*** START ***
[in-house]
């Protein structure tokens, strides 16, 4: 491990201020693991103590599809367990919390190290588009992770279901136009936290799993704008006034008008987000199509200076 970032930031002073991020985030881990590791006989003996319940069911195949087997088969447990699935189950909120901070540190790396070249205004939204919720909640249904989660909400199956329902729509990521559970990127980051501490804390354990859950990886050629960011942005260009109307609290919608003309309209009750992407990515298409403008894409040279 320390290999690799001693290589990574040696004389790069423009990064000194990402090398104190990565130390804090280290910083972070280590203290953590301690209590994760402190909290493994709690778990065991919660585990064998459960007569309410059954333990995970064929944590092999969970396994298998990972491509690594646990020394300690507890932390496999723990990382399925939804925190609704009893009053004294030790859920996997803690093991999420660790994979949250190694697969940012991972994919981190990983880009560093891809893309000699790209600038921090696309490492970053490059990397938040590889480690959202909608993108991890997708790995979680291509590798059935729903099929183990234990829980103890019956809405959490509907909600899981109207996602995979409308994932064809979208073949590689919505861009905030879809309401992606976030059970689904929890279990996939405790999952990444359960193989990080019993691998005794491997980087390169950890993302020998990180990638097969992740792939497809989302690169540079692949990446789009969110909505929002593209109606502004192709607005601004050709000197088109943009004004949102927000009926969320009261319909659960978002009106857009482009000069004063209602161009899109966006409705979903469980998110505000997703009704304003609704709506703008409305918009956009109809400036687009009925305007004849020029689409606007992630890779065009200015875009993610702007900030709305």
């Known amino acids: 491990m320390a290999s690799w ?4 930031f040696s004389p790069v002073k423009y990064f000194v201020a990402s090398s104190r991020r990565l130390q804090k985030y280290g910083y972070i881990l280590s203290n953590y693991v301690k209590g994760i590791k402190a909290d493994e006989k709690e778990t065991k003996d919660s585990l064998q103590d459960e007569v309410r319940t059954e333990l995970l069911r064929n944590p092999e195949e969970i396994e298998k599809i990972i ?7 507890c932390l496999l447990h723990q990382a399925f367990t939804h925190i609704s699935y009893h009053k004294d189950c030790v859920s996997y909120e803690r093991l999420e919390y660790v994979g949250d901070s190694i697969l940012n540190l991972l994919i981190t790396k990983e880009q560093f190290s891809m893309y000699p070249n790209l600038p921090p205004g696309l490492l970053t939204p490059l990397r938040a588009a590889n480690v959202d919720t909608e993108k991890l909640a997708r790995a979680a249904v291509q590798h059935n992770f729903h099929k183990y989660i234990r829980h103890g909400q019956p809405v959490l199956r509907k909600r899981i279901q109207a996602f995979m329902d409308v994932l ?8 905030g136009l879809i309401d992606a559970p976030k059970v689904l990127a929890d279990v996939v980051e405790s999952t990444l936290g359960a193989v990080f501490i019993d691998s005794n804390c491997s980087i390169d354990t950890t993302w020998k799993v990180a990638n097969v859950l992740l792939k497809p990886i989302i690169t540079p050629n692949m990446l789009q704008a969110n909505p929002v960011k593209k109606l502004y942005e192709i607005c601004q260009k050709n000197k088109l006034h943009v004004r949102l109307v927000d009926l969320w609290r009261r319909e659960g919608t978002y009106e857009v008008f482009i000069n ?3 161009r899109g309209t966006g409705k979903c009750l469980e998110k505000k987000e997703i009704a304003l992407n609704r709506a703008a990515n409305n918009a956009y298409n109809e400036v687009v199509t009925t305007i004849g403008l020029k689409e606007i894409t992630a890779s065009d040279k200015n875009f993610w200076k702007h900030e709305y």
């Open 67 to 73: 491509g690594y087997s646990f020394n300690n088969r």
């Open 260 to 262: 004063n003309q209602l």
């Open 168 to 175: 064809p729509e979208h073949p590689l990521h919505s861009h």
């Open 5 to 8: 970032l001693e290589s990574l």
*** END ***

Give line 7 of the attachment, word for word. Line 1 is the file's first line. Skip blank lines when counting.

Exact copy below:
């Open 5 to 8: 970032l001693e290589s990574l």